Cranky Hanke’s Weekly Reeler Jan. 25-31: Feast and Famine in One

In Theaters

There are five movies coming to town this week, which I guess puts us on equal footing with last week, at least in terms of quantity. There are two art titles. Those represent the feast, you see. Then there are three titles that—from all appearances—are about as far from art as one can imagine. That, then, is the famine. I grant you, I am making what can best be called and educated guess on the non-art titles, but I’m on much surer ground with the art titles, since I’ve seen them both. Twice.

The two art titles are David Cronenberg’s A Dangeous Method—opening at The Carolina and the Fine Arts—and Rodrigo Garcia’s Albert Nobbs (you know, the movie where Glenn Close plays a woman posing as a man in 19th-century Dublin)—opening at The Carolina. Reviews for both are in this week’s paper, of course, but I’ll throw a few preliminary words around anyway. A Dangerous Method may well confound some Cronenberg fans. In other words, in this work of historical fiction about Freud and Jung, no one’s head explodes (except maybe figuratively) and the two grand old men of psychology don’t go at each other with linoleum knives. The tone is different. The themes are still Cronenbergian.

I’m actually a little sorry that Albert Nobbs is opening this week, because it’s apt to be lost in the shuffle of A Dangerous Method, The Artist and The Descendants still going strong. That’s a real pity, because Albert Nobbs is so much better than its poster—and is so much more than its gimmicky-sounding premise might suggest. I urge you, if you can, to try to catch this very worthy little film. If not for the film, and if not for Close, then for Janet McTeer, who gives one of the best supporting performances of the year. Will the fact that both Close and McTeer have just been nominated for Oscars pique your interest? Maybe it should.

And then there are those other offerings…

One of the more perplexing (to me) things of recent years has been the rise of Liam Neeson as some kind of action star, though I’m not necessarily against it and I have no doubt that pays well. In any case, he’s back with another one. This one’s called The Grey and it’s written and directed by Joe Carnahan, who was briefly a big deal—in the critical sense at least—in 2002 for Narc, a film I confess never struck me as anything to get excited about. Then Carnahan came crashing to earth with Smokin’ Aces in 2006, only to somewhat re-establish himself commercially with The A-Team in 2010. That also starred Neeson. This round, Neeson and some others—two of whom I recognize, Joe Anderson and Delmot Mulroney—are stranded in the frozen wilds of Alaska and at the mercy of both the elements and a pack of wolves. If nothing else, I understand we get to see Neeson punch a wolf.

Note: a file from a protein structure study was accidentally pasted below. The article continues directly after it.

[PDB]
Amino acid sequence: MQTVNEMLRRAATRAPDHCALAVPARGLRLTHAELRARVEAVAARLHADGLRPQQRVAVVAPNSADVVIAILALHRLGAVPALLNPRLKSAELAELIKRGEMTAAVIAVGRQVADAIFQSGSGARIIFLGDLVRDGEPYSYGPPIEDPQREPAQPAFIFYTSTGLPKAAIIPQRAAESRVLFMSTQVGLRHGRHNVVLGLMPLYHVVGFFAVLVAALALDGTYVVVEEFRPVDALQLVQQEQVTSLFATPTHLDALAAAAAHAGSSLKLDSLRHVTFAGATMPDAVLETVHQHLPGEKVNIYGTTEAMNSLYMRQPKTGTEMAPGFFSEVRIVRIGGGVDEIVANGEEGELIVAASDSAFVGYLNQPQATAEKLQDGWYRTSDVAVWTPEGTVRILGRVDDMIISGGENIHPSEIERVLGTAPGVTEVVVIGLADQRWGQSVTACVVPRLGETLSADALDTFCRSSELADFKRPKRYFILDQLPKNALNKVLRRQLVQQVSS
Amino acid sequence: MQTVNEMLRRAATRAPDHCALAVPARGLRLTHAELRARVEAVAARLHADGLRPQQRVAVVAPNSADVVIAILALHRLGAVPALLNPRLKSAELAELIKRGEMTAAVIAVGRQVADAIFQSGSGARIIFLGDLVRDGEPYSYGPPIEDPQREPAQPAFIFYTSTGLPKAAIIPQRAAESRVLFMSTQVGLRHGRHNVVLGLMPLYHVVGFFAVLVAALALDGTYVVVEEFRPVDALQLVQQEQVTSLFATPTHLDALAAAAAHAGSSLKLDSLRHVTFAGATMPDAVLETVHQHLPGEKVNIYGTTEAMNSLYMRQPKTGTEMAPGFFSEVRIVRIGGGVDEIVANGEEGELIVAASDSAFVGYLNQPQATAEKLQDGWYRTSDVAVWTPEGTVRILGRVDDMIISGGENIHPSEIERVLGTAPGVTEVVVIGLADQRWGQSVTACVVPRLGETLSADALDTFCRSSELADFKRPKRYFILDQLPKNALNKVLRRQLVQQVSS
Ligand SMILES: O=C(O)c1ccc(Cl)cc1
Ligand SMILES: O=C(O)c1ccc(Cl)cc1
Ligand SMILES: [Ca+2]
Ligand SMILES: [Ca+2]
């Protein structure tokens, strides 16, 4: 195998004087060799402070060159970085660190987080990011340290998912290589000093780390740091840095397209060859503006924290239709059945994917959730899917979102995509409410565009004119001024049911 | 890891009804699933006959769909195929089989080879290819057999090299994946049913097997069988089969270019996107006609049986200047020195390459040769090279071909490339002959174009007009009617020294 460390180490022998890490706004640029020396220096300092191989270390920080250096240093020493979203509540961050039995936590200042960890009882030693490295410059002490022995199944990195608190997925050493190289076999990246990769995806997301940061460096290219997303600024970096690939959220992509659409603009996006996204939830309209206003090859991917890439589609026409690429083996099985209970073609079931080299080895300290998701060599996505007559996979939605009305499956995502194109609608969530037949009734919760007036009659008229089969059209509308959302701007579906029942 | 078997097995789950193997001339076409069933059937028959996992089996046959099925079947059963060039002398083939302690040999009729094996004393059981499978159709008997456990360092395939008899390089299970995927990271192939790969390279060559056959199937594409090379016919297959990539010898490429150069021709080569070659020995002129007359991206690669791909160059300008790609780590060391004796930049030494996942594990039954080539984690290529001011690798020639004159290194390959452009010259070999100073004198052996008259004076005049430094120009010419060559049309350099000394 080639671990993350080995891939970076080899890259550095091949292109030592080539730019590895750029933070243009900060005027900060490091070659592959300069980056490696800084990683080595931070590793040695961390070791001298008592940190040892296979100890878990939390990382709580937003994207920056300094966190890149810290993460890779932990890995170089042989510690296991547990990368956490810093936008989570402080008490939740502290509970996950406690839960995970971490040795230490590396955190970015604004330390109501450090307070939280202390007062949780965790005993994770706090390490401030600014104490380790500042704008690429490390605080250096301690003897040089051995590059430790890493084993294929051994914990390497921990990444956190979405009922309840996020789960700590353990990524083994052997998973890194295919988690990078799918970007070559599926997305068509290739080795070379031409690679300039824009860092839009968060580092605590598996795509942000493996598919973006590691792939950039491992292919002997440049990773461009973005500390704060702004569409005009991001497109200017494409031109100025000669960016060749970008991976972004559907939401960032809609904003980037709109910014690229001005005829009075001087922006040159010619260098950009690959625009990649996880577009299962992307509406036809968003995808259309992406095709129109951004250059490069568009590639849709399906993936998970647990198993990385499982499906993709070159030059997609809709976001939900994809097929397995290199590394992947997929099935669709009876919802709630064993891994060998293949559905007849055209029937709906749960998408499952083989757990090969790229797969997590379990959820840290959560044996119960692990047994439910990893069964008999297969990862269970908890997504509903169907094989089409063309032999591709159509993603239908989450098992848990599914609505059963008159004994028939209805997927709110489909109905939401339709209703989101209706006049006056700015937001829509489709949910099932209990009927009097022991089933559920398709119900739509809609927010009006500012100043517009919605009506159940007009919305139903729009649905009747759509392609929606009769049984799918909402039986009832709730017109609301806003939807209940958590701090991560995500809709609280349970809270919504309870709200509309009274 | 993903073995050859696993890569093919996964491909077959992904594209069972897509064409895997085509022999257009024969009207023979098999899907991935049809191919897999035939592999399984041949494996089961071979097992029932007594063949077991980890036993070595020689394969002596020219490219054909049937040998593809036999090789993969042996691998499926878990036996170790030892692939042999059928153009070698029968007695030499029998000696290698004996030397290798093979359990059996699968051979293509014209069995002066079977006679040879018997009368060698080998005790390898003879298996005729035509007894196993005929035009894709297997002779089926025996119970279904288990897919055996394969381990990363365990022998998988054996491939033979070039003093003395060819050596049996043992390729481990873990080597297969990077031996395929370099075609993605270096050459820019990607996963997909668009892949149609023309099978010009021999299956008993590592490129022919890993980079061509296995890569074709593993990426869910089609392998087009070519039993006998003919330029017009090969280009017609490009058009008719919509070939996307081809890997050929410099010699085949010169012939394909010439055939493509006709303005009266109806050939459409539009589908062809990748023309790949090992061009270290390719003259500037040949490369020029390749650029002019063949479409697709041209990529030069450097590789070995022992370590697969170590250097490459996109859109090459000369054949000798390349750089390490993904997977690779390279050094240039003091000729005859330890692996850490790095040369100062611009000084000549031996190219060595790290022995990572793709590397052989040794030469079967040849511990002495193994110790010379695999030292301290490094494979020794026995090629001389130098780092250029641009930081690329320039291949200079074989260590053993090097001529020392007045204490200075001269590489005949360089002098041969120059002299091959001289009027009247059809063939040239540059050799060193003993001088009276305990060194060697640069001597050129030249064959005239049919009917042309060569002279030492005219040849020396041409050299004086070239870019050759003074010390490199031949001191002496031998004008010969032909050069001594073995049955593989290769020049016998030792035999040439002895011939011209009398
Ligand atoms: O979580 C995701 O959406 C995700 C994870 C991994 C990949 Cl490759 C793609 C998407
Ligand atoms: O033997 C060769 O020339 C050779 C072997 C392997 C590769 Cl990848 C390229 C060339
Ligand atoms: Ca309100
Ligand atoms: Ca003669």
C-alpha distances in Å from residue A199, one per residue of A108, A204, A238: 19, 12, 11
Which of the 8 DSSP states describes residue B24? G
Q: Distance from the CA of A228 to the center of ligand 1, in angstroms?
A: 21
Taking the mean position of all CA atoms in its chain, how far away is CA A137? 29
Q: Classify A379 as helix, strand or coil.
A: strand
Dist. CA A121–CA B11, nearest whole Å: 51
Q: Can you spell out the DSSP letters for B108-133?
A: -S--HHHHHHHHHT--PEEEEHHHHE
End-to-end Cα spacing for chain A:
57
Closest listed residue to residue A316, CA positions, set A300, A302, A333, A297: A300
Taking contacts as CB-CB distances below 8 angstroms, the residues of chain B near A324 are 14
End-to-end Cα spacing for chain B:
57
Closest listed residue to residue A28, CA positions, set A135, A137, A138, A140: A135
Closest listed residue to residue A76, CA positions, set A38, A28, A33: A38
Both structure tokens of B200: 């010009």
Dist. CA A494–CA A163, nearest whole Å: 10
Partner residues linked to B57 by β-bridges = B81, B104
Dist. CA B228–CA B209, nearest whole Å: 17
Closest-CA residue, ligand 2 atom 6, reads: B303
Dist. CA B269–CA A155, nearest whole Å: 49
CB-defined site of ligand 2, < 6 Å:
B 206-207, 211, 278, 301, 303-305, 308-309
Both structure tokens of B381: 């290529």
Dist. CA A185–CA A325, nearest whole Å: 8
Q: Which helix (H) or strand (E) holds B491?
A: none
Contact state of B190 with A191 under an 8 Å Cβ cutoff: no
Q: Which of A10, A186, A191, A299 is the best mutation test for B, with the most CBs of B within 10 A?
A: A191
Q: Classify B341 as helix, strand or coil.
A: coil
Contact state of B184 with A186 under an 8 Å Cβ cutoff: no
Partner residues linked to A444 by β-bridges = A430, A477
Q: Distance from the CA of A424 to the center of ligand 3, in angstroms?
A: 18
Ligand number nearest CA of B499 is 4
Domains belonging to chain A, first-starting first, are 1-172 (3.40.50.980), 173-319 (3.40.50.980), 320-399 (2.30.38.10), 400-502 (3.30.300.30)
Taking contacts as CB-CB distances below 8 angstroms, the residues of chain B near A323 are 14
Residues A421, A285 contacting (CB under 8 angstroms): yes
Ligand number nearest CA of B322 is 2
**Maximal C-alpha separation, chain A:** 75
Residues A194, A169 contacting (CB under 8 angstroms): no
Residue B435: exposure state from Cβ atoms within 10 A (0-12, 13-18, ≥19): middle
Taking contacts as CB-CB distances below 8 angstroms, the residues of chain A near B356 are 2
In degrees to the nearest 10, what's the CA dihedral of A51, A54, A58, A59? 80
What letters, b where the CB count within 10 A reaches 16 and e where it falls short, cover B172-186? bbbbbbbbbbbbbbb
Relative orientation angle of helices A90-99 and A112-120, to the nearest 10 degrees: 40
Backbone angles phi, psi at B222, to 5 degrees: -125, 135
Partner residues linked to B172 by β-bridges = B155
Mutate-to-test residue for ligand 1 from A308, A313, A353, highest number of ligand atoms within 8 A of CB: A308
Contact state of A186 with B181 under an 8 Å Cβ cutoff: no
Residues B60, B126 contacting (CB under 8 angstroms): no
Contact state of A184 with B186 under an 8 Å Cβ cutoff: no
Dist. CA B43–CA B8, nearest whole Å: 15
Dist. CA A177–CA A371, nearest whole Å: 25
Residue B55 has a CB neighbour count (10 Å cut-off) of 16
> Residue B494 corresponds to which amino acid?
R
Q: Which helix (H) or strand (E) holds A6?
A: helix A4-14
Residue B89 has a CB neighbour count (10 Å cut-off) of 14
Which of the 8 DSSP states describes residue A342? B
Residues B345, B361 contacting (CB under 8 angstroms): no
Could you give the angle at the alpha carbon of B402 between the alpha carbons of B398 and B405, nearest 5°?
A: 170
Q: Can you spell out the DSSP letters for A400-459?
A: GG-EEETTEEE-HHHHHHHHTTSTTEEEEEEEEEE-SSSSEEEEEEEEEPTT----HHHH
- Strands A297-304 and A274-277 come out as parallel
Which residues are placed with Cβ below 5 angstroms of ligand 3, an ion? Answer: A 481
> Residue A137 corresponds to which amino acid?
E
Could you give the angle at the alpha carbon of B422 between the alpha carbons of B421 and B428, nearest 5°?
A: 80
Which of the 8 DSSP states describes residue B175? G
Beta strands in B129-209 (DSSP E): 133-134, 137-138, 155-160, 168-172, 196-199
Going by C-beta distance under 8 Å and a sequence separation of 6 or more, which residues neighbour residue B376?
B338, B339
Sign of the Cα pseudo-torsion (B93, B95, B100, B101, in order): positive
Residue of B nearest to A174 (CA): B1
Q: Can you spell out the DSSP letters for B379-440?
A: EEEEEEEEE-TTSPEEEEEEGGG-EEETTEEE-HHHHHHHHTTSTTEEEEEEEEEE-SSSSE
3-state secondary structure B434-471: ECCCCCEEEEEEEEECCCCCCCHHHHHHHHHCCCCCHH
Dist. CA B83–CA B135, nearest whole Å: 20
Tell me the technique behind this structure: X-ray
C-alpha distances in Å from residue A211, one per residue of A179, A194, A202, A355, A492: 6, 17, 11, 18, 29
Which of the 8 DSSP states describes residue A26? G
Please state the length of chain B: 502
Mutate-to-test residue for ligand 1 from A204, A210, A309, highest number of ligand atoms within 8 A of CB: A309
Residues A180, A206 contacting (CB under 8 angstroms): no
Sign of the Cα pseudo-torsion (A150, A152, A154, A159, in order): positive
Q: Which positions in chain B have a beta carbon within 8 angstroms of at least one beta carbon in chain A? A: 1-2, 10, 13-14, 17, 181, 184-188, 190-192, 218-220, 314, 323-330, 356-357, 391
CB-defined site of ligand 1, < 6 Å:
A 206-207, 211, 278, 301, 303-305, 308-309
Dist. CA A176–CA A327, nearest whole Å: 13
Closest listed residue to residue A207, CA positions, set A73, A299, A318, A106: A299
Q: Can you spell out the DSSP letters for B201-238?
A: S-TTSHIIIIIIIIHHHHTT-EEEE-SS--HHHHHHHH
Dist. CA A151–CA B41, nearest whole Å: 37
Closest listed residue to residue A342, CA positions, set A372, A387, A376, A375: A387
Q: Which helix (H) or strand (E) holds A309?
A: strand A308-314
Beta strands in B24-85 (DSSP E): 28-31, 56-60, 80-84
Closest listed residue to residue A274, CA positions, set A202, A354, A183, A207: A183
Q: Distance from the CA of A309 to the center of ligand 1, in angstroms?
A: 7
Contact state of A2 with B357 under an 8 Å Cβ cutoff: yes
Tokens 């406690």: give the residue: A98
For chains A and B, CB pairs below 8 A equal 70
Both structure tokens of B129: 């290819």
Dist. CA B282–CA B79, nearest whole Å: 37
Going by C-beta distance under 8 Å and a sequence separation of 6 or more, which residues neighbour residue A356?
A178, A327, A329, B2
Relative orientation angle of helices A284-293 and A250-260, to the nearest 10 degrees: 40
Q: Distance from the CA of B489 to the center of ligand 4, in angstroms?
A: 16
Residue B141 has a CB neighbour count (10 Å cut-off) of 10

Now, the depressing news is that The Grey looks like it’s probably the best of the three. Up next is Man on a Ledge from one-time documentarian Asgar Leth, who now becomes first-time narrative filmmaker. It’s all about a former cop—and now fugitive—played by Sam Worthington threatening to jump off a ledge a la Richard Basehart in Fourteen Hours (1951). But rather than having good-hearted cop Paul Douglas trying to talk him out of jumping, Worthington gets police negotiator Elizabeth Banks. The trick here is that this supposed suicide bid apparently contains an ulterior motive. Also on board are Jamie Bell, Ed Harris and Edward Burns. Very little early word, but the reviewers for both Variety and The Hollywood Reporter panned it.

It gets potentially grimmer with One for the Money. This comes from director Julie Anne Robinson, a TV director whose only theatrical credit is The Last Song, which, if you’ve forgotten, is one of those seemingly non-stop films from a Nicholas Sparks novel—and the one that starred Miley Cyrus. Yes, well. This round she brings us some rom-com suspense hybrid starring Katherine Heigl, the appeal of whom escapes me, as a down-on-her-luck woman who wrangles a job with her cousin’s bail bond company. As luck and clever scripting has it, her first assignment is to bring in ex-cop Joe Morelli (TV actor Jason O’Mara)—who seduced and abandonned her in high school. It’s like The Bounty Hunter (2010)—only, it’s not, you see, because the genders are reversed. In Hollywood, this passes for creativity.

Now, all this also means that we’re losing some things. The Fine Arts is dropping The Descendants, but it’s staying at The Carolina. The Carolina, however, is losing Carnage and My Week with Marilyn. Plus, Hugo is absenting itself, meaning that Carmike is the only place still running that—and only in 3D. The Artist is staying everywhere (of course) and Tinker Tailor Soldier Spy sticks around The Carolina, though is losing its first show of the day.

Special Screenings